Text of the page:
I always wondered as a child what my kids would look like. (Actually, I still do.) Despite sharing the same parents, my sisters and I look nothing alike (except for two of us having similarly tightly-coiled curly hair). I was so much lighter-skinned that my sister that growing up people would ask if I had a different father, a white father. Years later, I would have to assure strangers that I was not biracial. No one, especially my “Spanish blood is better” relatives, were calling themselves mixed race back then, even if as Dominicans, we were.
But everyone in my family was a different color. My grandmother looked white. Her mother, who was half-Spanish, half-Dominican, looked very mixed but more Native American (well, with piercing blue eyes, as did my little sister. My mother looked brown and my white-looking father called her “morena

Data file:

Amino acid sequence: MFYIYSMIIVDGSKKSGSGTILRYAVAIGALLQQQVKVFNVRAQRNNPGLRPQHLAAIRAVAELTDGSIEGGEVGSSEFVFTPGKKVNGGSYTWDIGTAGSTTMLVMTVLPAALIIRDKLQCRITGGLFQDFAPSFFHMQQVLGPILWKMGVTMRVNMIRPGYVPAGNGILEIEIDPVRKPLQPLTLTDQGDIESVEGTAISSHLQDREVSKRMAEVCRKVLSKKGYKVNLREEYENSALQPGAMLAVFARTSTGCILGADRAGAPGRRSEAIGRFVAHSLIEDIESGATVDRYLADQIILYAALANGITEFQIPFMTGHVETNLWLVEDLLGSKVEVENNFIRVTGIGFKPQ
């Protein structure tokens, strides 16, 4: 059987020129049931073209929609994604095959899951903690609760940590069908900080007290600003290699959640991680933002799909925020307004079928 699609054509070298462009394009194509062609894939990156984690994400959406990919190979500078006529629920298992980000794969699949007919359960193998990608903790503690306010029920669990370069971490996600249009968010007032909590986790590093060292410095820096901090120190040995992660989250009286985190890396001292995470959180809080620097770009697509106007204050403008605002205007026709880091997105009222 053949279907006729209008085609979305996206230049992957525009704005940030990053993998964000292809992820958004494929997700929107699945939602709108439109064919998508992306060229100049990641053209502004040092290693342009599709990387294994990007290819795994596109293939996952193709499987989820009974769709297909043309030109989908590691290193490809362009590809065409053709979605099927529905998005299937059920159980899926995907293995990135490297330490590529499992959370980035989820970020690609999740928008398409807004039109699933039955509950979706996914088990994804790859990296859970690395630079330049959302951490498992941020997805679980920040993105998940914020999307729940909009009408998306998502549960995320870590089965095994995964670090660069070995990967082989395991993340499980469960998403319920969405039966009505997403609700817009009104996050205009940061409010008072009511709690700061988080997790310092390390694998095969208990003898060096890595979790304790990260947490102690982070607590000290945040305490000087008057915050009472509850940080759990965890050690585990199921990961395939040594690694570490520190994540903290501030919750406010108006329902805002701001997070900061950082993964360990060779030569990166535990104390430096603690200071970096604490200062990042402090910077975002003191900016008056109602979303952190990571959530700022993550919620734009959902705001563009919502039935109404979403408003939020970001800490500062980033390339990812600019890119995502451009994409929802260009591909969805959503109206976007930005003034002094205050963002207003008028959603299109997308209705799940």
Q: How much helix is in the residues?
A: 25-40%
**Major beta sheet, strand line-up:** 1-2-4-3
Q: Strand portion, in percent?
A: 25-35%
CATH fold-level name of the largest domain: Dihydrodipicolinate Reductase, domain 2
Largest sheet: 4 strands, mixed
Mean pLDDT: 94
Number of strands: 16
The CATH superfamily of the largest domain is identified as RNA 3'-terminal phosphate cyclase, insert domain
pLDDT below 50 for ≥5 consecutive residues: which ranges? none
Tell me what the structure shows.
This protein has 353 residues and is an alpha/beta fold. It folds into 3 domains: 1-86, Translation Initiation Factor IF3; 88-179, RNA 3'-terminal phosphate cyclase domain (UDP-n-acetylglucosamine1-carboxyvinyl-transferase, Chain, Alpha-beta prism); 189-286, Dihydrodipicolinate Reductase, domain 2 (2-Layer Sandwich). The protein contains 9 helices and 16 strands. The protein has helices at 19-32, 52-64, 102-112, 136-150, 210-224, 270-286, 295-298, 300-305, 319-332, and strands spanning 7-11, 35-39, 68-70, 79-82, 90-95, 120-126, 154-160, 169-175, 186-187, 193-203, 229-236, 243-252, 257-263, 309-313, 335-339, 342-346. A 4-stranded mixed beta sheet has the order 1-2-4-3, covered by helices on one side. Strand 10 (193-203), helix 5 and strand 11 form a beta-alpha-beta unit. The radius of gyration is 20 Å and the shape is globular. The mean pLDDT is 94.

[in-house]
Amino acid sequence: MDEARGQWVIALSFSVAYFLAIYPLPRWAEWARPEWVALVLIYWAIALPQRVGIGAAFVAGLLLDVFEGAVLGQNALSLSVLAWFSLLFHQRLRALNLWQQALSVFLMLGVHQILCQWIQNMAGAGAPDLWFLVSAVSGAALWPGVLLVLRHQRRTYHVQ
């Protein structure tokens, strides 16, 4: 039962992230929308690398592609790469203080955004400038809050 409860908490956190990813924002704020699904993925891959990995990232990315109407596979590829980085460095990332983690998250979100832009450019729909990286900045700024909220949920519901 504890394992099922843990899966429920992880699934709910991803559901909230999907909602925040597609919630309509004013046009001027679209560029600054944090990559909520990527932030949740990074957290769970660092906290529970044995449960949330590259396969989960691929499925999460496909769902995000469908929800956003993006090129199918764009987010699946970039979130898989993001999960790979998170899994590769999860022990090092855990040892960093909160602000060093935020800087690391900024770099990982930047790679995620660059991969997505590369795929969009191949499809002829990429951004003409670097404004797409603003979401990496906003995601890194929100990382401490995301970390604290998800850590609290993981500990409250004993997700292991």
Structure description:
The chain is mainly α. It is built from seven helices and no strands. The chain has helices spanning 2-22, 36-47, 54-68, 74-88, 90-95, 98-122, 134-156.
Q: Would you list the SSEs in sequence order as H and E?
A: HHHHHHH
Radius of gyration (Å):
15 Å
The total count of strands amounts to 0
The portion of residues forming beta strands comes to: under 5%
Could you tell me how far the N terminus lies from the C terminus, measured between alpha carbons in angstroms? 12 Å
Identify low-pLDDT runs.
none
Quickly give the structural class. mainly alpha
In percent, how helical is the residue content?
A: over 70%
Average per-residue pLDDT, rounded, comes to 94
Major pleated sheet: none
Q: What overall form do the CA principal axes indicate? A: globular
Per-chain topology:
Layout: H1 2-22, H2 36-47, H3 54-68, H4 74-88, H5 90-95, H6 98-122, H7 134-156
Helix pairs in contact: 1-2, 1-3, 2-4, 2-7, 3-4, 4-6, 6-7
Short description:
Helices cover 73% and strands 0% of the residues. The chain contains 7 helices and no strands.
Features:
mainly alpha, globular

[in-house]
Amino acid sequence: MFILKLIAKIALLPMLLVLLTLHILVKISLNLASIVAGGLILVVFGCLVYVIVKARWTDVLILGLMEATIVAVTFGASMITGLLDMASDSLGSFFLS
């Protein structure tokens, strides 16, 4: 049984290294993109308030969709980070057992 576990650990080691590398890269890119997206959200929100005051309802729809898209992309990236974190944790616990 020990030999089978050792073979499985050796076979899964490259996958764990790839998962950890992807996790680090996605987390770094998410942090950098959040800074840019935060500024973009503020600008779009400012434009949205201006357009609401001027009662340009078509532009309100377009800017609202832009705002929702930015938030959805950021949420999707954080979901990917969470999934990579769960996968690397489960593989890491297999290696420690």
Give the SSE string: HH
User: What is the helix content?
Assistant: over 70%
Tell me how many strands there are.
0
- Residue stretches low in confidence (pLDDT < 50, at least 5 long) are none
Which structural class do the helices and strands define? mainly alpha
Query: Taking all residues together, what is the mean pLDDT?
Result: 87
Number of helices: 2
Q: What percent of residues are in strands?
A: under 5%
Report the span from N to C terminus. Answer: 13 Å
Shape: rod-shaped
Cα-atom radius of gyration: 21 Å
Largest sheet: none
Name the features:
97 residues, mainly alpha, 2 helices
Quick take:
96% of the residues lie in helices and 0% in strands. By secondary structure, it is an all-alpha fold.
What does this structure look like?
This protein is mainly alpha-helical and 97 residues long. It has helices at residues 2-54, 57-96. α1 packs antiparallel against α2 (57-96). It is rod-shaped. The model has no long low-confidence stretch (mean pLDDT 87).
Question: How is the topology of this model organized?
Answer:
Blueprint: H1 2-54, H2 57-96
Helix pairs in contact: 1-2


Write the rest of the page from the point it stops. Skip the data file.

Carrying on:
.” Her brother looked white and had green eyes.
My aunt, despite being half Spanish, half Dominican, had distinctly African features. My cousin looked black. In fact, when I introduced him as my cousin to a childhood friend, the childhood friend said, “He can’t be your cousin, he’s black.” I was 8 so I turned to my cousin and said, “You’re black? When did you become black?”
The movie Skin
, stars Sophie Okenedo
, a biracial Jewess from London, is out now in theaters. The movie is based on the true story of Sandra Laing
, a woman who was born to white-looking (but mixed) parents in the 1950s but classified as “coloured” during apartheid era South Africa. Her parents fought to get her classified as white but failed because Sandra, with her dark skin and tight curly hair, did not “look” white. Her father even took a paternity test to prove Sandra was his daughter. Eventually, Sandra sought refuge in the black community.
In case you missed it, The Jewish Journal of Greater Los Angeles featured an interview with Okenedo in “Jewish Actress Sophie Okonedo Explores Biracial Identity”.
Read the Entertainment Weekly